Managing diversity is both a challenge and an opportunity for management. It is a challenge because it requires organizational change; it means fostering a cultural environment that values differences and maximizes the potential of all employees. It is an opportunity because organizations that proactively address diversity have a competitive advantage. They are able to attract, motivate and retain high potential employees. And they have greater customer satisfaction and loyalty. These advantages translate into higher productivity and bottom-line profitability (Anonymous, 1997, p. 9).
We must begin by recognizing the unique cultures of different racial, gender, ethnicities, abilities, differing lifestyles, etc., provide the basis for new perspectives on understanding organizational behavior. This perspective starts with the assumption that each cultural group organizes and defines experience within it’s own set of cultural systems. Research has suggested that men, women, and the various minorities do not share a common culture of organizational life. The implication is that each group identifies, defines, and organizes it’s experience in the organization in unique ways (Fine, Johnson, & Ryan, 1990, p.306, 317).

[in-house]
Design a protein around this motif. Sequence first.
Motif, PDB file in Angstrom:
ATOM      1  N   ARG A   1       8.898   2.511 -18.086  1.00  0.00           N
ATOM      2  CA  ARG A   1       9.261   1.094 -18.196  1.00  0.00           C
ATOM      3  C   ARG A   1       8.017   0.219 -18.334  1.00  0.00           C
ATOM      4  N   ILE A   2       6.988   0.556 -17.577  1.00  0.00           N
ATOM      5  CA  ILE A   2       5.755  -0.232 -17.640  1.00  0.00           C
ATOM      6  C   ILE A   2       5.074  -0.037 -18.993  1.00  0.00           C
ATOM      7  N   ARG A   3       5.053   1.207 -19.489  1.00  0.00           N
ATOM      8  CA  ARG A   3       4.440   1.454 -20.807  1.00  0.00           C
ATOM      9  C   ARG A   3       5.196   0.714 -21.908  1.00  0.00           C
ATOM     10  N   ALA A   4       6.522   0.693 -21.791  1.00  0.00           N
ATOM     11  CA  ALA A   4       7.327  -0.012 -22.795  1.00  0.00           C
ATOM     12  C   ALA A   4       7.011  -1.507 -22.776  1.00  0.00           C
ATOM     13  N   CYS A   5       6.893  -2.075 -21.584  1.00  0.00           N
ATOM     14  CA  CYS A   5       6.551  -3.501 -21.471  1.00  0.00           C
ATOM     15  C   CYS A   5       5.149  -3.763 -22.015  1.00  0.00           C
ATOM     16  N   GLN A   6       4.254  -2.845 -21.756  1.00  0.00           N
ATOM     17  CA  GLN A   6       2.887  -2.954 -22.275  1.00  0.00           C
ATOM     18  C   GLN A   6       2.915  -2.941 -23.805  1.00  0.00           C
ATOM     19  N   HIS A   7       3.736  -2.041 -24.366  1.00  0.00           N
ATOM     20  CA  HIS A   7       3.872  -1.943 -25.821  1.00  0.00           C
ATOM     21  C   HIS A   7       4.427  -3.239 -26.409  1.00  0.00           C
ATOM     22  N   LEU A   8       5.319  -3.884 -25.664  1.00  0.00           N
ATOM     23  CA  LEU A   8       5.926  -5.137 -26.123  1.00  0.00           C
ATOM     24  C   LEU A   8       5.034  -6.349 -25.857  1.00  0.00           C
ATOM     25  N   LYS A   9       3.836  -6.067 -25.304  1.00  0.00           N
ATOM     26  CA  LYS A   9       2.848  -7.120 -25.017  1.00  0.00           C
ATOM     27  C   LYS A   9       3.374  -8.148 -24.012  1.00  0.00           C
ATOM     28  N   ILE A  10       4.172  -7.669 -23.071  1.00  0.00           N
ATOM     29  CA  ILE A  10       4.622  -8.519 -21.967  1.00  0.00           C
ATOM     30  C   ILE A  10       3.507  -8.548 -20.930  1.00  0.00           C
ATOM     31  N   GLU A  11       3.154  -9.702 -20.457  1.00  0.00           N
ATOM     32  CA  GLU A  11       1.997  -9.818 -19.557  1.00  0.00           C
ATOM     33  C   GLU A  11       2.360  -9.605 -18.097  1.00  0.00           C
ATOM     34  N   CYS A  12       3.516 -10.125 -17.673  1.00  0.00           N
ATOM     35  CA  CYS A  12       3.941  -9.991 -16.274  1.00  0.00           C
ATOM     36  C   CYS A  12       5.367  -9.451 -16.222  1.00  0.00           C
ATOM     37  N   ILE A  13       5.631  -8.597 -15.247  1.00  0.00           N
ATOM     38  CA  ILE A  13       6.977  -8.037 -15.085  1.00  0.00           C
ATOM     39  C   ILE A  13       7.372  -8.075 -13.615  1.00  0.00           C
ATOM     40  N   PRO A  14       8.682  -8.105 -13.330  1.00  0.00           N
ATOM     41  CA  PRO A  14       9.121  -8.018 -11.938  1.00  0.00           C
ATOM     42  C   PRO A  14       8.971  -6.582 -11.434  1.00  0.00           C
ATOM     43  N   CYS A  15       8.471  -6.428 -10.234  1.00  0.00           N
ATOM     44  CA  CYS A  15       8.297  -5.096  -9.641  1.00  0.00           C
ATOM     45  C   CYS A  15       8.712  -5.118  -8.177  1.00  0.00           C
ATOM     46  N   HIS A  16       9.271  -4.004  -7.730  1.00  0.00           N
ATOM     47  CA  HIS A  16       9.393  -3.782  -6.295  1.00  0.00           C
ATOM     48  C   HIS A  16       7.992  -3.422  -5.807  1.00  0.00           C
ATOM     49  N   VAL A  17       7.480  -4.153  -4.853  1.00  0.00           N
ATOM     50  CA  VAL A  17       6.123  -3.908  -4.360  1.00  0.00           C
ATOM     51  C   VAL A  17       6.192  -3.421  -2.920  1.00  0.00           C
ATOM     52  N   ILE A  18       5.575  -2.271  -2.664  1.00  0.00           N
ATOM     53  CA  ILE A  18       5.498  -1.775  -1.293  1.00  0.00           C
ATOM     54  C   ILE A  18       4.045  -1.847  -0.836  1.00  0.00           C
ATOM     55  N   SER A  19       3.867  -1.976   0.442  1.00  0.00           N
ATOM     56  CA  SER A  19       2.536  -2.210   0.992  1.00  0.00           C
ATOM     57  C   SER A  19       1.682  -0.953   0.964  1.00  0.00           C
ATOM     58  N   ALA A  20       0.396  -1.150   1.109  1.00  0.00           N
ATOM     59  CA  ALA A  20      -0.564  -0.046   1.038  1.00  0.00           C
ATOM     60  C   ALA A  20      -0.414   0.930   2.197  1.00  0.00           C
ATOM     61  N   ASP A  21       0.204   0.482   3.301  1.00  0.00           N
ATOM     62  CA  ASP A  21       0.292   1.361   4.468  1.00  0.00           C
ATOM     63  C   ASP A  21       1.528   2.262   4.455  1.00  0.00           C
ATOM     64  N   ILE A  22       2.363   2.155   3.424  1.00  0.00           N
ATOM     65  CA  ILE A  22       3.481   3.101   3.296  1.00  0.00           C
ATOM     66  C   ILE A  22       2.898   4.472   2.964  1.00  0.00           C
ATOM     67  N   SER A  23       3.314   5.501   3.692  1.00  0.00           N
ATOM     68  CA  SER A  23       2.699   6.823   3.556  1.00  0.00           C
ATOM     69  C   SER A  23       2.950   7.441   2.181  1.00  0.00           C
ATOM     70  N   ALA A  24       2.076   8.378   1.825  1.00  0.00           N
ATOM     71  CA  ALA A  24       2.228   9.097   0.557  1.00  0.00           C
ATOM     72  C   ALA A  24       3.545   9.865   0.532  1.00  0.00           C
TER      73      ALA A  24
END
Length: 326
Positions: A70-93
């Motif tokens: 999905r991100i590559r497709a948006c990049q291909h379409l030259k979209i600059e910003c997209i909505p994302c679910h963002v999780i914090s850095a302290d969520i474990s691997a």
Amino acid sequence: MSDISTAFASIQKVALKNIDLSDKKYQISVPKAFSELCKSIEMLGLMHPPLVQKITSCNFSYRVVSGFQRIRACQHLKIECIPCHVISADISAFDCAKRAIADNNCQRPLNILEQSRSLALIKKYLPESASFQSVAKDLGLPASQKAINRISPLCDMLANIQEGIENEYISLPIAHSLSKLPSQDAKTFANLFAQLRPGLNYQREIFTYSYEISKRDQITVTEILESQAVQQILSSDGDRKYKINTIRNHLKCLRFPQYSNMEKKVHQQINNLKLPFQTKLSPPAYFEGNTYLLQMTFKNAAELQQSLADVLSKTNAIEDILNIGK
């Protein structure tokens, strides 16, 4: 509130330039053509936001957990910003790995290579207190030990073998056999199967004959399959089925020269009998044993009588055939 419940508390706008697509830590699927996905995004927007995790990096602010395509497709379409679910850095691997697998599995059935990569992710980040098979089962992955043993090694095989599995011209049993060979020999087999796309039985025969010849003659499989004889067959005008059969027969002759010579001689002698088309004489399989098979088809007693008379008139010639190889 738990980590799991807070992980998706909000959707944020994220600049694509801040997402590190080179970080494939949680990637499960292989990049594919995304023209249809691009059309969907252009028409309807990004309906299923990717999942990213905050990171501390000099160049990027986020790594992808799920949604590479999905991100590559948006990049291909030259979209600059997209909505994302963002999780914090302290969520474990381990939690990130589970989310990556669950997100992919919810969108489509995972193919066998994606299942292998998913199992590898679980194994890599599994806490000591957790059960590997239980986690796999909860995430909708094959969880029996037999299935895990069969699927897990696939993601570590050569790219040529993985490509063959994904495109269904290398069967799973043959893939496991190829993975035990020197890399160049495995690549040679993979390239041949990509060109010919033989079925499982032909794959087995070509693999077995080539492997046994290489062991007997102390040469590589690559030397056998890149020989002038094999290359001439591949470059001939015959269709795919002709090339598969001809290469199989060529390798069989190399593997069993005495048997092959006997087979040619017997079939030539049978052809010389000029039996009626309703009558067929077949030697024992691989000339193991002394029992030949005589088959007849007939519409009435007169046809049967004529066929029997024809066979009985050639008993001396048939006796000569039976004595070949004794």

A number of factors account for these differing experiences. First, the context of organizational life is different for each group. For instance, women hold lower level positions at lower salaries than men, therefore, they tend to see the organization from the bottom. Minority employees are fewer in number, so, they view the organization in an isolation perspective. Second, each group appears most comfortable communicating within their own group. Since access to communication networks determines the particular information we receive, different groups receive different information through with to interpret the world. Third, the cultures of gender and race give